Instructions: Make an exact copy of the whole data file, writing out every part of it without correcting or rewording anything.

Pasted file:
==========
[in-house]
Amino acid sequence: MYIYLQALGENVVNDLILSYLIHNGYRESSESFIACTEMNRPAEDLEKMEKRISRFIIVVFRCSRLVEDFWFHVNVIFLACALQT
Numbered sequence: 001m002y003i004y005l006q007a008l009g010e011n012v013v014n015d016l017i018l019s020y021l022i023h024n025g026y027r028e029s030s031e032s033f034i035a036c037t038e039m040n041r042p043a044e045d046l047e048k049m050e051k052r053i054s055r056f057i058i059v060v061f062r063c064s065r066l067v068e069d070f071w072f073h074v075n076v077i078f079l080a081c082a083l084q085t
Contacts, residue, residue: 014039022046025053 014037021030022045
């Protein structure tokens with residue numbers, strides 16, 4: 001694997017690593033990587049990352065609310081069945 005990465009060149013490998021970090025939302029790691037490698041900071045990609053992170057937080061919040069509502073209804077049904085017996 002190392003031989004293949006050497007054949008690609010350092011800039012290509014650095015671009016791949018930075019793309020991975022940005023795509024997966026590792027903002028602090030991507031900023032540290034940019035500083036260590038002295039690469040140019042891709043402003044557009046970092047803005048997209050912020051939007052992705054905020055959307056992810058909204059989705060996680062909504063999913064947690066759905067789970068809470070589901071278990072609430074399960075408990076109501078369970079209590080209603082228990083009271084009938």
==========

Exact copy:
[in-house]
Amino acid sequence: MYIYLQALGENVVNDLILSYLIHNGYRESSESFIACTEMNRPAEDLEKMEKRISRFIIVVFRCSRLVEDFWFHVNVIFLACALQT
Numbered sequence: 001m002y003i004y005l006q007a008l009g010e011n012v013v014n015d016l017i018l019s020y021l022i023h024n025g026y027r028e029s030s031e032s033f034i035a036c037t038e039m040n041r042p043a044e045d046l047e048k049m050e051k052r053i054s055r056f057i058i059v060v061f062r063c064s065r066l067v068e069d070f071w072f073h074v075n076v077i078f079l080a081c082a083l084q085t
Contacts, residue, residue: 014039022046025053 014037021030022045
């Protein structure tokens with residue numbers, strides 16, 4: 001694997017690593033990587049990352065609310081069945 005990465009060149013490998021970090025939302029790691037490698041900071045990609053992170057937080061919040069509502073209804077049904085017996 002190392003031989004293949006050497007054949008690609010350092011800039012290509014650095015671009016791949018930075019793309020991975022940005023795509024997966026590792027903002028602090030991507031900023032540290034940019035500083036260590038002295039690469040140019042891709043402003044557009046970092047803005048997209050912020051939007052992705054905020055959307056992810058909204059989705060996680062909504063999913064947690066759905067789970068809470070589901071278990072609430074399960075408990076109501078369970079209590080209603082228990083009271084009938």